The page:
Most all of you who read our blog regularly know that I suffer from anxiety. Typically, I have my anxiety well managed and can keep it in check; however, when I deal with a particularly bad episode, I am reminded of just how hard I fight on some days.
For the last 7-10 days, I have been fighting an episode that has physically and emotionally exhausted me. Last night was the height of my episode and I spent most of the night awake and unable to shut off my mind… worrying about trivial things that most people wouldn’t even think twice about.
What if we have a fire and the smoke alarms don’t work? What if my alarm doesn’t go off in the morning and we oversleep? Did I shut off the stove after dinner? Did I set my alarm? What is that noise? Did I set my alarm?
Questions like this, and so many more irrational questions, keep me awake all night sometimes. Last night was no different.
Today, at work – already exhausted and drained – I realized that I had made a mistake that, while not an insurmountable mistake, did affect and inconvenience others. It was a big mistake, and I did my best to fix it, but those involved were understandably upset. Within a split second, my anxiety came crashing down on me and my emotions took over.
The tears came, and they wouldn’t stop. I ended up sitting on the floor in the bathroom, forcing myself to breathe. While this only lasted less than a minute, it felt like hours and the toll it took on me was huge. I forced myself to calm down, reminding myself that I was at work and I needed to suck it up and be professional.
The thing that most people don’t understand is that this wasn’t about the “mistake” and it wasn’t even about disappointing those people, even though that did weigh heavily on my mind. This was about all of that piled onto a week of fighting anxiety and within seconds my inner dialogue fired up, telling me how much of a failure I was.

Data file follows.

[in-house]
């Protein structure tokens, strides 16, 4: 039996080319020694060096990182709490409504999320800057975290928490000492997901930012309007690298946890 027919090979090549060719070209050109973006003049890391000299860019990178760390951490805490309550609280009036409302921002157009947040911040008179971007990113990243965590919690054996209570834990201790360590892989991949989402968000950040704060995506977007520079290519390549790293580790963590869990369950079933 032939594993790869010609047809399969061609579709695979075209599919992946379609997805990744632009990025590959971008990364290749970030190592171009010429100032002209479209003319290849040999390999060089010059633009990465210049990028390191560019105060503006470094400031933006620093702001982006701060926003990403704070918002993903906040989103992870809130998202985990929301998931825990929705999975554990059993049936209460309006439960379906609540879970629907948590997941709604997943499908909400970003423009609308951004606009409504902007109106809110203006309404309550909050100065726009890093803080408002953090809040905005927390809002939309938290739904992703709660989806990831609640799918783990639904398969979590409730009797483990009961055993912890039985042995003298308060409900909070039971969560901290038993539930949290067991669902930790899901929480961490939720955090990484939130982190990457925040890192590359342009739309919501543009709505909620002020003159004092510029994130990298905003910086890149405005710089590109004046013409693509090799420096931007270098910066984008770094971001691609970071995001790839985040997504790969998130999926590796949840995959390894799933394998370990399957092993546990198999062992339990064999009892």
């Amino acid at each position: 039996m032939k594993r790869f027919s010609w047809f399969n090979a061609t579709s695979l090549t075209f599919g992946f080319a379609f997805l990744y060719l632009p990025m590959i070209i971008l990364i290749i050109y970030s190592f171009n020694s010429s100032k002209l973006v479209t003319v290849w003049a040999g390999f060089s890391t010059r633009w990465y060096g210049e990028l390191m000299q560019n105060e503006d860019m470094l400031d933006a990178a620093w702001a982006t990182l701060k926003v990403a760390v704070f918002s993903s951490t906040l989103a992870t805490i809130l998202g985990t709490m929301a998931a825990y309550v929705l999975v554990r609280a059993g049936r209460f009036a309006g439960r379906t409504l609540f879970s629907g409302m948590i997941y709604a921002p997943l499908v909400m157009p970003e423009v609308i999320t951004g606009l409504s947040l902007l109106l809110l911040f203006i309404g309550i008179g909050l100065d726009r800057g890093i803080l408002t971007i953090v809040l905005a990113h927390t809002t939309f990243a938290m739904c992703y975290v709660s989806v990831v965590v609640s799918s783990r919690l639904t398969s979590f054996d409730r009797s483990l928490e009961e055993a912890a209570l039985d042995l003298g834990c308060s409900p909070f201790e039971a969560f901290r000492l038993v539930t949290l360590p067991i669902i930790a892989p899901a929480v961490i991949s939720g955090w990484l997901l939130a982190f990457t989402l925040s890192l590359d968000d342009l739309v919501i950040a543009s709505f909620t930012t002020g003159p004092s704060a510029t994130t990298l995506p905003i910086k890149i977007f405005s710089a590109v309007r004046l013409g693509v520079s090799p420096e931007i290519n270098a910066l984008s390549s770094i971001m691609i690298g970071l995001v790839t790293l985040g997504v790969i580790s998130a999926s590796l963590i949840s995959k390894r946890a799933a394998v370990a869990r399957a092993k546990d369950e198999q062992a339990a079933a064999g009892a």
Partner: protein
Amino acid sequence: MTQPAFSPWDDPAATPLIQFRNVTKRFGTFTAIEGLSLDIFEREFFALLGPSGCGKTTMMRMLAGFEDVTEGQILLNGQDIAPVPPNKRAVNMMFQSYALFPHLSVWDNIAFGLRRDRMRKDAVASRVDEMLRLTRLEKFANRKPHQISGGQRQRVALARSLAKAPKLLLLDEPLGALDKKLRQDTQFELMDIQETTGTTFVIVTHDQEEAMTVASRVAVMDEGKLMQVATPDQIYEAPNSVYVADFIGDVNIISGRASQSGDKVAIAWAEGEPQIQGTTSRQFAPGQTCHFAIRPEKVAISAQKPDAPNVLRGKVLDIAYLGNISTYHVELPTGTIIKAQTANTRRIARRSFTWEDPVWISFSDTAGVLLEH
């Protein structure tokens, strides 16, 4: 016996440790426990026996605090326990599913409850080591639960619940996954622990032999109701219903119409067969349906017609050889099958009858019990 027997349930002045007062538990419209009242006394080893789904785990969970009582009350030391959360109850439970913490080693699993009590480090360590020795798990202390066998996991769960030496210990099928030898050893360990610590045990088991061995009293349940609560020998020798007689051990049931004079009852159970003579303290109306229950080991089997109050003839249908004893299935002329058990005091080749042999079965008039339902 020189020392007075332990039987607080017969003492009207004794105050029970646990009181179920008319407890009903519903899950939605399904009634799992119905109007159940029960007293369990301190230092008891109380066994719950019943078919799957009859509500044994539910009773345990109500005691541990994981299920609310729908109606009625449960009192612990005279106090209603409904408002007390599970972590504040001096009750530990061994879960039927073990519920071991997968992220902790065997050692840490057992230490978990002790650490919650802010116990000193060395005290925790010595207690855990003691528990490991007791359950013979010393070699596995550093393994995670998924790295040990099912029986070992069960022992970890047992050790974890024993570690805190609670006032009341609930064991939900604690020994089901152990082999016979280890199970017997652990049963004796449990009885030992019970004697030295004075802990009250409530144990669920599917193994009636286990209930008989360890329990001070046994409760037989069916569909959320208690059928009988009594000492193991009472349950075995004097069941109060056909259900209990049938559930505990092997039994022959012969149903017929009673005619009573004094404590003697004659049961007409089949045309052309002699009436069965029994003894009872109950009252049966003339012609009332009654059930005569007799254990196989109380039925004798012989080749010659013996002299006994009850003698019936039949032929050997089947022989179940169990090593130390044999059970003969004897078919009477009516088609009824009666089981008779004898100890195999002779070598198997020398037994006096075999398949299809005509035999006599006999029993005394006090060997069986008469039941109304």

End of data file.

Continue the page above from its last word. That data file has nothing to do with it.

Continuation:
That voice screamed at me that I was incompetent. That I would never make anything of myself if I kept making mistakes like this. That I was a failure. I was useless. I would never be able to recover from this mistake.
It felt like the weight of the world was crashing in on me. Like I was treading water in the middle of the ocean, and I was losing.
Anxiety is a nasty beast. It’s ugly. It’s mean. It tells you all of the things you would never believe about yourself, and it makes them believable. Anxiety doesn’t make sense. It comes with no warning and it waits like a linebacker in the corner of the room, just waiting to tackle you when you lose your footing slightly.
People who don’t suffer from anxiety don’t understand it. They tell you to just get over it. To shut it off. To stop thinking about it.
But, you can’t.
Tonight, I came home defeated and frustrated. So, I did what feeds my soul. I took a hot shower, blasted John Mayer, and cried my eyes out sitting in the bottom of the tub. Then, I curled up on the couch with my daughter.
I think anxiety attacks will always be something I fight, but I see where I have been and where I stand now, and I see hope. I know that those voices that tell me I am not enough are wrong. I also know that I will have more days like today.
But, I will overcome. Tomorrow is a new day, and I know that I will make more mistakes. But, I will overcome.